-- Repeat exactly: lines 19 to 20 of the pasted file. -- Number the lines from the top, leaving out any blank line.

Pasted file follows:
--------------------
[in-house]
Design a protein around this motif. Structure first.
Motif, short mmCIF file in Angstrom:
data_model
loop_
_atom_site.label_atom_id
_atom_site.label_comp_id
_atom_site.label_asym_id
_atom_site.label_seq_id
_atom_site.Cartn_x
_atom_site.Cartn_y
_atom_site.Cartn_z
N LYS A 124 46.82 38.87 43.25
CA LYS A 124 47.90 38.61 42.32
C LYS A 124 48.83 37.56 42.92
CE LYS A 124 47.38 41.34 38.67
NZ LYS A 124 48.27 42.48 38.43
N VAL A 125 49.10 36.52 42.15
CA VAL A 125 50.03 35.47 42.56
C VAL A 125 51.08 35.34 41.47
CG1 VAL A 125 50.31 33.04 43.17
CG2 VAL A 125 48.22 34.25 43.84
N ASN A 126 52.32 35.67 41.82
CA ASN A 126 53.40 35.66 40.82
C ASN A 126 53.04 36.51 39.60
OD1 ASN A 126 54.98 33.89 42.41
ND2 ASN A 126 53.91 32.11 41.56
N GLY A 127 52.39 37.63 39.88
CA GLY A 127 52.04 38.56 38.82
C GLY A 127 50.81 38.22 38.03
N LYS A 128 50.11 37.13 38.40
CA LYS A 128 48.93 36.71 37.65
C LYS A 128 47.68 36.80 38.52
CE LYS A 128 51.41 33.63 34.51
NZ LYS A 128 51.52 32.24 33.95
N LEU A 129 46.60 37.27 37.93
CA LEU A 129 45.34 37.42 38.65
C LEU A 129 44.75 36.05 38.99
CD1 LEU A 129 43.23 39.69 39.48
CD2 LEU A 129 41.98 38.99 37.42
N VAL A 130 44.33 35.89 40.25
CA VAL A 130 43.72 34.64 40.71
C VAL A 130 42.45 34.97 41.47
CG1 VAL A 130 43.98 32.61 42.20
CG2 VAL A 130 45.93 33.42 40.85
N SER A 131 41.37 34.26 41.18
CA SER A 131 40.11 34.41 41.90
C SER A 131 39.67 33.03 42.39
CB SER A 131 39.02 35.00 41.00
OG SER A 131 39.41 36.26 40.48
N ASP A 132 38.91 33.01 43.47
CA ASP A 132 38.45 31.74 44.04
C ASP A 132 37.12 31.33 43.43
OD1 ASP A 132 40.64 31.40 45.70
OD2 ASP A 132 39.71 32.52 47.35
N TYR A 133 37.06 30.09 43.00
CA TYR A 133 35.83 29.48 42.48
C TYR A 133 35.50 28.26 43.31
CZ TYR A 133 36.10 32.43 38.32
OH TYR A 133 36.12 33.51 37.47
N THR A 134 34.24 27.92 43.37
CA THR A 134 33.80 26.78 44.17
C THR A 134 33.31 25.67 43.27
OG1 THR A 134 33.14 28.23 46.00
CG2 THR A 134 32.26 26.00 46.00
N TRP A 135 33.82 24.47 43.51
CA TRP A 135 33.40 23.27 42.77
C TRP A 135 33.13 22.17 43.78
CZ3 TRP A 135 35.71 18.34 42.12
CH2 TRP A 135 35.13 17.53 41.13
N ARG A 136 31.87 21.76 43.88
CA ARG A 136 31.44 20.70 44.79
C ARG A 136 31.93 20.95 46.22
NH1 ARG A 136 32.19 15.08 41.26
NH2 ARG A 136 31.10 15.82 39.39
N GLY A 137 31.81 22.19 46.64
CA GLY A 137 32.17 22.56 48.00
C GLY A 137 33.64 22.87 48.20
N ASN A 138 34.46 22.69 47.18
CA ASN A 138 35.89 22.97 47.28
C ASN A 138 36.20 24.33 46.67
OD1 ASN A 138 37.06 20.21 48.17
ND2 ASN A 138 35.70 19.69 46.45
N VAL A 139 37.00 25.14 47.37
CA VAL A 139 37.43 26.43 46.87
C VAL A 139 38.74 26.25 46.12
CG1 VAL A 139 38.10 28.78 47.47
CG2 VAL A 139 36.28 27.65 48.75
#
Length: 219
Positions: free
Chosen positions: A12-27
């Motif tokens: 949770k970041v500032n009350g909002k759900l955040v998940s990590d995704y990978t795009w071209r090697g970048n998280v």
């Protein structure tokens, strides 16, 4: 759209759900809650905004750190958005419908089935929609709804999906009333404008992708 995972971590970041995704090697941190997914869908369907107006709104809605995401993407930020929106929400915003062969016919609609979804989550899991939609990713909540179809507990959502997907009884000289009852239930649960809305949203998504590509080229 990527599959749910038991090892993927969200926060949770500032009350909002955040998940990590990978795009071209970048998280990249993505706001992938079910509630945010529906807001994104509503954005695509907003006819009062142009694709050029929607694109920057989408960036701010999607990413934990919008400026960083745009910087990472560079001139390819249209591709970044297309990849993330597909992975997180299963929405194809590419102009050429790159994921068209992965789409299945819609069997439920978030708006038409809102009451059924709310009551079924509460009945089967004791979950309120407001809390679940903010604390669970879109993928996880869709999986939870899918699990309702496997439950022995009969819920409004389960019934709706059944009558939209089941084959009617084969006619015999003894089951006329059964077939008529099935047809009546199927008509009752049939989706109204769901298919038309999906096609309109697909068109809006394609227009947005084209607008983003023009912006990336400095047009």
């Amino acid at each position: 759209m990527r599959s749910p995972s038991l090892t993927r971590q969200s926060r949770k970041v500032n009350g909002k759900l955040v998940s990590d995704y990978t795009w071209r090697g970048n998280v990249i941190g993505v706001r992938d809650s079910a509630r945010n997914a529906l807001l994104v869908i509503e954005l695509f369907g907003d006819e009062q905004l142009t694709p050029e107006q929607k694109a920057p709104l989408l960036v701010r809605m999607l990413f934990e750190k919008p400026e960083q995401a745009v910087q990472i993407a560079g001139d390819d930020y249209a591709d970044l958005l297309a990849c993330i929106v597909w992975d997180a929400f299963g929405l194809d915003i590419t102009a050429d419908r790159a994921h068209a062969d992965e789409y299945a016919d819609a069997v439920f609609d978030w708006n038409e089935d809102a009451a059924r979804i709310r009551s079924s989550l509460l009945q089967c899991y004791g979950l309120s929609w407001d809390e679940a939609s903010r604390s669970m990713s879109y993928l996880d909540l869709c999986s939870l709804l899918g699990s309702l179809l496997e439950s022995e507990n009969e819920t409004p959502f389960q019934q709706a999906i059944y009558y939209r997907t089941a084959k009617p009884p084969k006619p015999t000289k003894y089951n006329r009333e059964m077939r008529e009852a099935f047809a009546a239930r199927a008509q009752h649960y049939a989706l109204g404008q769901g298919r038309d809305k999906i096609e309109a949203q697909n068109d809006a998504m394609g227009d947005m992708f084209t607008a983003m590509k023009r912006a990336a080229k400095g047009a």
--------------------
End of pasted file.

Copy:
CA VAL A 125 50.03 35.47 42.56
C VAL A 125 51.08 35.34 41.47